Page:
[oXygen-user] xd:doc documentation generation and maven
Fri Dec 11 04:11:45 CST 2015
Thanks a lot for this complete description !
Le 11/12/2015 10:46, Oxygen XML Editor Support (Adrian Buza) a écrit :
> It hasn't been discussed, so I thought it's worth mentioning that
> besides the GUI dialog for generating XSLT documentation, Oxygen also
> has a command line tool that generates XSLT documentation. You could
> run this tool as a Jenkins task.
> The GUI can be used to export a settings/configuration file:
> The configuration file can then be used with the command line tool:
> You can either use a config file (single argument) or specify the
> individual arguments in the command line. The arguments that the tool
> accepts are listed when you run it in the command line:
>> stylesheetDocumentation xslFile [ [-cfg:configFile] |
>> [[-out:outputFile] [-format:<value>] [-xsl:customFormatXslFile]
>> [-split:<value>] [-openInBrowser:<value>]] | [-help | --help | -h | --h]
>> stylesheetFile = the XSL file
>> -cfg:configfile = the configuration file. It contains the
>> output file, split method, output format options
>> and some advanced options regarding the included components and
>> components details.
>> If an external configuration file is specified all other
>> supplied arguments except the XSL file will be ignored.
>> You can create such a file in the Oxygen "XSL Stylesheet
>> Documentation" dialog. See the Oxygen user manual for additional
>> information on how to create one.
>> -out:outputFile = the file where the generated documentation will
>> be saved.
>> By default it is the name of the stylesheet file with 'html'
>> -format:<value> = the output format type used when generating the
>> value = [html | custom]
>> html = generate documentation in HTML format.
>> custom = generate documentation in a custom format.
>> -xsl:<customFormatXslFile> = the XSL file to be applied on the
>> intermediate xml format.
>> If there is no xsl file provided then the result will be in the
>> HTML format.
>> -split:<value> = the split method used when generating the
>> documentation. Splitting is recommended for large stylesheets
>> value = [none | component | location].
>> none = generate one single output file.
>> component = generate an output file for every component
>> in the stylesheet.
>> location = generate an output file for every stylesheet
>> By default the used method is 'none'
>> -openInBrowser:<value> = open the result of the transformation in
>> value = [true | false].
>> true = open the resulted file in browser.
>> false = do not open the resulted file in browser.
>> By default the value is false.
>> -help | --help | -h | --h = show this help.
>> Example: stylesheetDocumentation example.xsl
>> -out:stylesheetDocumentation.html -format:custom
>> -xsl:customFormat.xsl -split:location
> On 09.12.2015 10:55, Christophe Marchand wrote:
>> Thanks Ken, for these informations. It sounds it is a good start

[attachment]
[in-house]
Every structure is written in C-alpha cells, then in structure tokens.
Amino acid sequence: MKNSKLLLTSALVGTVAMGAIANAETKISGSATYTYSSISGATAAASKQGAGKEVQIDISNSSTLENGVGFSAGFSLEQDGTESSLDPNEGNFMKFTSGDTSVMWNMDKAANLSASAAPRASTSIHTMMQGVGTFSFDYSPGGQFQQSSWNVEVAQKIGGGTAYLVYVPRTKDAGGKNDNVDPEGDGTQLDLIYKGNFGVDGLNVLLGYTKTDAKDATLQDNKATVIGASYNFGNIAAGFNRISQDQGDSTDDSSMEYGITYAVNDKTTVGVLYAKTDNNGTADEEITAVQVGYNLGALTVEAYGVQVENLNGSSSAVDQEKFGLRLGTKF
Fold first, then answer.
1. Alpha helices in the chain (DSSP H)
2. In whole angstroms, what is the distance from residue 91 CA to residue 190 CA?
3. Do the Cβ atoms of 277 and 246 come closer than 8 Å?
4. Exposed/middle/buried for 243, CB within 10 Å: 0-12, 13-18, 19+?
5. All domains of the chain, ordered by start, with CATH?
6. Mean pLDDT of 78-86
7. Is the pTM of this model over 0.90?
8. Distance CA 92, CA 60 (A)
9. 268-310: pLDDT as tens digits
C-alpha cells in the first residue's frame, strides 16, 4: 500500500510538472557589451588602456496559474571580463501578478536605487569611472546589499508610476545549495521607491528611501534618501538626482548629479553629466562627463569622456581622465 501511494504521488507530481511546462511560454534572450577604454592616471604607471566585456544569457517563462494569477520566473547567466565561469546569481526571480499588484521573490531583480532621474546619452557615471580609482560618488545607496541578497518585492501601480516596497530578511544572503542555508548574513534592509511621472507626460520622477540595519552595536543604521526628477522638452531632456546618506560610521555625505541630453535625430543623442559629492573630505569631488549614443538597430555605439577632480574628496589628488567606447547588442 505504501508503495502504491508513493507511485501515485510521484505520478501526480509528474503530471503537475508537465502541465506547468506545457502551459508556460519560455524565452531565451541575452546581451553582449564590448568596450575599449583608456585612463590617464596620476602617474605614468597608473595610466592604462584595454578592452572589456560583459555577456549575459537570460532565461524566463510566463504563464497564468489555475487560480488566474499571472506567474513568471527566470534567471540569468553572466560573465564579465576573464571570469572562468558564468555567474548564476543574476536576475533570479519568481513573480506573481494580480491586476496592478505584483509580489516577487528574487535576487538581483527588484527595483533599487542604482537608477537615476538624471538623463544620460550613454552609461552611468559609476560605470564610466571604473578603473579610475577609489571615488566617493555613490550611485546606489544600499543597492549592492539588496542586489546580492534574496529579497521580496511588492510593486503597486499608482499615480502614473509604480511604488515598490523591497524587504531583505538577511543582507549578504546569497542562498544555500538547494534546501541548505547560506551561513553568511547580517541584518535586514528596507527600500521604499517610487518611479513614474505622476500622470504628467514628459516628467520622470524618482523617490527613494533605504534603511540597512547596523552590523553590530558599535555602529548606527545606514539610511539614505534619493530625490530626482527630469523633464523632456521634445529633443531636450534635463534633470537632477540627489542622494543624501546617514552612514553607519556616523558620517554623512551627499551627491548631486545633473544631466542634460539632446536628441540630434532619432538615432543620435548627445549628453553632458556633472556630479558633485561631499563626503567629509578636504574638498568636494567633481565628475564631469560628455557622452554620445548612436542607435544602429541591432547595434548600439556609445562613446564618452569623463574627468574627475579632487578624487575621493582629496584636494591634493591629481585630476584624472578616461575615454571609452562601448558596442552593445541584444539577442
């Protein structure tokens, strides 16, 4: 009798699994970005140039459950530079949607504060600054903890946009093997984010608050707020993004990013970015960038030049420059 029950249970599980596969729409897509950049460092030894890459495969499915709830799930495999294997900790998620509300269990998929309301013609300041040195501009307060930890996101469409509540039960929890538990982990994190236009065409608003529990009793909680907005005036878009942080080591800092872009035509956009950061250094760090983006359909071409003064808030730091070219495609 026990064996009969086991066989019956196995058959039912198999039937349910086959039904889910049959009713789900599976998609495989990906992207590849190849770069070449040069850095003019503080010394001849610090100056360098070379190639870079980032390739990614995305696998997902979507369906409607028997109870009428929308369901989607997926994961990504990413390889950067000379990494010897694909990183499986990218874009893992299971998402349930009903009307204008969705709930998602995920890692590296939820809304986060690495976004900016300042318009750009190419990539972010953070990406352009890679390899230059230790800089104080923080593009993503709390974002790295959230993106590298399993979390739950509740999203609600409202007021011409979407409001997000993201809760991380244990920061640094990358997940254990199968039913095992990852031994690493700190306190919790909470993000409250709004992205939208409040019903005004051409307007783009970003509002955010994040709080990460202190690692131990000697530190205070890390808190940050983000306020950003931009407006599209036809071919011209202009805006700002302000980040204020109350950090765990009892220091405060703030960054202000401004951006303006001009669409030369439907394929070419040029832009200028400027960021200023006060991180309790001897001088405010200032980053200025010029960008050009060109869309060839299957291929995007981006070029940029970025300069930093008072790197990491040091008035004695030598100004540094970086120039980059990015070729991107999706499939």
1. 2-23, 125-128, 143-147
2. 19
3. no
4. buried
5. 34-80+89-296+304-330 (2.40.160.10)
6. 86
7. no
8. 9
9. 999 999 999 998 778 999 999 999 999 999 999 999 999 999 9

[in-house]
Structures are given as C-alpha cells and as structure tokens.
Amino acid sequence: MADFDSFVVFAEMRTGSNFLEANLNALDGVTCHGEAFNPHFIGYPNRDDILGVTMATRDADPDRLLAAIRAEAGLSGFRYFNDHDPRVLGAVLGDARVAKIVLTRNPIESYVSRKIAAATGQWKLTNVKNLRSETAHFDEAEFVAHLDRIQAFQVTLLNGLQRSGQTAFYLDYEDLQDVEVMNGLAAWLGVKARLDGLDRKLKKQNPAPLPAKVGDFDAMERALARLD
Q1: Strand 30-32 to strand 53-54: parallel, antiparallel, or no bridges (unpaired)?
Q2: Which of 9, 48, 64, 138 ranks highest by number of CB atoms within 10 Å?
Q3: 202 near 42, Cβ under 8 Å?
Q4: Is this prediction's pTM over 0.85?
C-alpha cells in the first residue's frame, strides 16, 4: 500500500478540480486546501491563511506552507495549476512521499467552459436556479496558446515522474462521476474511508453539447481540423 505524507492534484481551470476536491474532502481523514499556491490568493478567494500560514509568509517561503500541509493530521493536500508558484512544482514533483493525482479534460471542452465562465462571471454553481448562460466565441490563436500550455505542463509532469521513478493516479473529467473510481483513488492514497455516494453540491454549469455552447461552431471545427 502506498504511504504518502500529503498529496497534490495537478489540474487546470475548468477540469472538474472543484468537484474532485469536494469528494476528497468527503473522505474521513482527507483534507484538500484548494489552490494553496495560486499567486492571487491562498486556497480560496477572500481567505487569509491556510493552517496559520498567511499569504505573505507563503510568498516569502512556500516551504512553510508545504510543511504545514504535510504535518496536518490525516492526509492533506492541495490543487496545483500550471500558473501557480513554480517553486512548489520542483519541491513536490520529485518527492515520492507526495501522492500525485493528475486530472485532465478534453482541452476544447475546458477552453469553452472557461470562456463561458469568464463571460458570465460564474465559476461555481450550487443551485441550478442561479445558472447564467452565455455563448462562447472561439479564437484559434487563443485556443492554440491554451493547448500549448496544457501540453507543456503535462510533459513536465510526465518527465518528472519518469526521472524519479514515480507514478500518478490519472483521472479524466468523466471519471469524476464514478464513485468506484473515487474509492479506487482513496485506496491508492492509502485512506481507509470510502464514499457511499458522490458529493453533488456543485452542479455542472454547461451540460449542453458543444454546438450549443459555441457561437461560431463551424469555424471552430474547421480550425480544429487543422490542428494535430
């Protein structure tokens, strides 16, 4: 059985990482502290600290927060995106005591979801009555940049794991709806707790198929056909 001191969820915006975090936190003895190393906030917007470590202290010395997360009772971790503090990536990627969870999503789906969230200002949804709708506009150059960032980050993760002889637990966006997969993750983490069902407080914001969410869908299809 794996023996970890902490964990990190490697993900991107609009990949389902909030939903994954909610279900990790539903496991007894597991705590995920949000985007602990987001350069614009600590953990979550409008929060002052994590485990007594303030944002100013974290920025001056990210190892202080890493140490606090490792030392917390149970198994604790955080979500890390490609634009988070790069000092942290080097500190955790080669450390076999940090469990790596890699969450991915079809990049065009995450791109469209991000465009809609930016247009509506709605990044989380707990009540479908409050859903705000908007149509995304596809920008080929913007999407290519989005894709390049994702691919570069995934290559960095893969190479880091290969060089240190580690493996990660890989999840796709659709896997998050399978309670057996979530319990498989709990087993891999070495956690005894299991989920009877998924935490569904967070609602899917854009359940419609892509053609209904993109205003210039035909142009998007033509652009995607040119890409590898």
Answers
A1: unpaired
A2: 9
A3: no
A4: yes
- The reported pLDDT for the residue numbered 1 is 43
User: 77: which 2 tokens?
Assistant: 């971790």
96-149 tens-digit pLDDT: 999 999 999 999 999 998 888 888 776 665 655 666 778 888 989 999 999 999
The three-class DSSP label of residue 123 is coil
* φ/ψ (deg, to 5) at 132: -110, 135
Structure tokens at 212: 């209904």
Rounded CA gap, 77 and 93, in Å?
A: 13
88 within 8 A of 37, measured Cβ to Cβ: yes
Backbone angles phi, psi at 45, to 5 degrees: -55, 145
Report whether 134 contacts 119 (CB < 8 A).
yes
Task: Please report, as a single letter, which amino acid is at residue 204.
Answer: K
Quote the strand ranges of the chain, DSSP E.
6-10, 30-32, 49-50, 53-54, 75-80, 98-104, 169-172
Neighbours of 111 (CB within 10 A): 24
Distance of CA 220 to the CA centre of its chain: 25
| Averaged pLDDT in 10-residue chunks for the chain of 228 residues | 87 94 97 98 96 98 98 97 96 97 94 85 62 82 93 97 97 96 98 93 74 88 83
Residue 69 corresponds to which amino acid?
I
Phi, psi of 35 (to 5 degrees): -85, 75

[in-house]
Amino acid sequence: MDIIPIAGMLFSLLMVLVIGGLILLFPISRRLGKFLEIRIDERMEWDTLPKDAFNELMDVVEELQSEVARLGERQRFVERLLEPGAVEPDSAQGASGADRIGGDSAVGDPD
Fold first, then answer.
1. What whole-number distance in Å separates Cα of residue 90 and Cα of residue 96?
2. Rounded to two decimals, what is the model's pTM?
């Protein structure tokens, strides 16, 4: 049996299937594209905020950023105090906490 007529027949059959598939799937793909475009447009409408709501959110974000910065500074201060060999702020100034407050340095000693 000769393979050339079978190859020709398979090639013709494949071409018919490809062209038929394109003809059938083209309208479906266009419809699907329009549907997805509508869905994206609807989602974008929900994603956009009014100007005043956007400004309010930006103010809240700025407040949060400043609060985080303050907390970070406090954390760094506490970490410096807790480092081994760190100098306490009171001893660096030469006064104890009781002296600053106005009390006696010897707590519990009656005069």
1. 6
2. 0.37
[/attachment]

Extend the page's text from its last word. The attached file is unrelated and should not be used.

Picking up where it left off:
>> point for my needs.
>> I will work on this, and then I'll come back on the list to explain
>> what's done.
>> Thanks again, Ken, for your help.
>> Best regards,
>> Le 08/12/2015 21:14, G. Ken Holman a écrit :
>>> You don't mention if by "automate" you mean simply to infer a report
>>> about the structure, or whether you mean to publish embedded
>>> documentation as a step in the process.
>>> Back in 2004 I published XSLT documentation scaffolding in which one
>>> uses either DocBook, DITA or XHTML for the prose constructs. A
>>> stylesheet then reads the top XSLT stylesheet and reports on the
>>> entire import/include tree, all named constructs (an alphabetized
>>> hyperlinked index) and all embedded documentation. The stylesheet
>>> also enforces what I think are important XSLT stylesheet writing
>>> "business rules" to improve the quality of the stylesheets for
>>> different uses.
>>> For example, you mention an "XSL Library". I believe an XSLT
>>> library should use namespace-qualified names for each and every
>>> global named construct. This ensures it can be safely used in
>>> anyone else's stylesheet without any risk of messing with
>>> global=context constructs and modes. Miss one name and a user can
>>> mess up the library, so my business rules flag any global name that
>>> is not namespace-qualified.
>>> In my experience of looking at XSLT stylesheets written by others
>>> for clients, I have never seen anyone else take advantage of this
>>> important language feature. I think it is critically important for
>>> libraries of template rules. I tried to reinforce this when I
>>> taught XSLT.
>>> If this stylesheet for stylesheets sounds like it might be helpful,
>>> it is called XSLStyle and it is available as a free resource on our
>>> web site:
>>> Once I honed it I used it for *every* client project and I believe
>>> it helped me create robust work. Every project was also fully
>>> documented along the way and when the development was done, not
>>> treated as a separate project after the fact.
>>> I hope this is helpful.
>>> . . . . . . . . . Ken
>>> At 2015-12-08 17:14 +0100, wrote:
>>>> is there a way to automate a XSL documentation generation -
>>>> ideally from a maven project.. ? Is there an entry in Oxygen API to
>>>> generate such a documentation that a maven plugin - or any other
>>>> tool - could reuse ?
>>>> Well, the purpose is to generate a xsl-library documentation from
>>>> continuous integration, so it can be done in a jenkins plugin
>>>> (which is simpler than in a maven plugin).
>>>> Any hint ?
>>>> Best regards,
>>>> oXygen-user mailing list
>>> Check our site for free XML, XSLT, XSL-FO and UBL developer resources |
>>> Free 5-hour lecture: http://www.CraneSoftwrights.com/links/video.htm |
>>> Crane Softwrights Ltd. http://www.CraneSoftwrights.com/s/ |
>>> G. Ken Holman mailto: |
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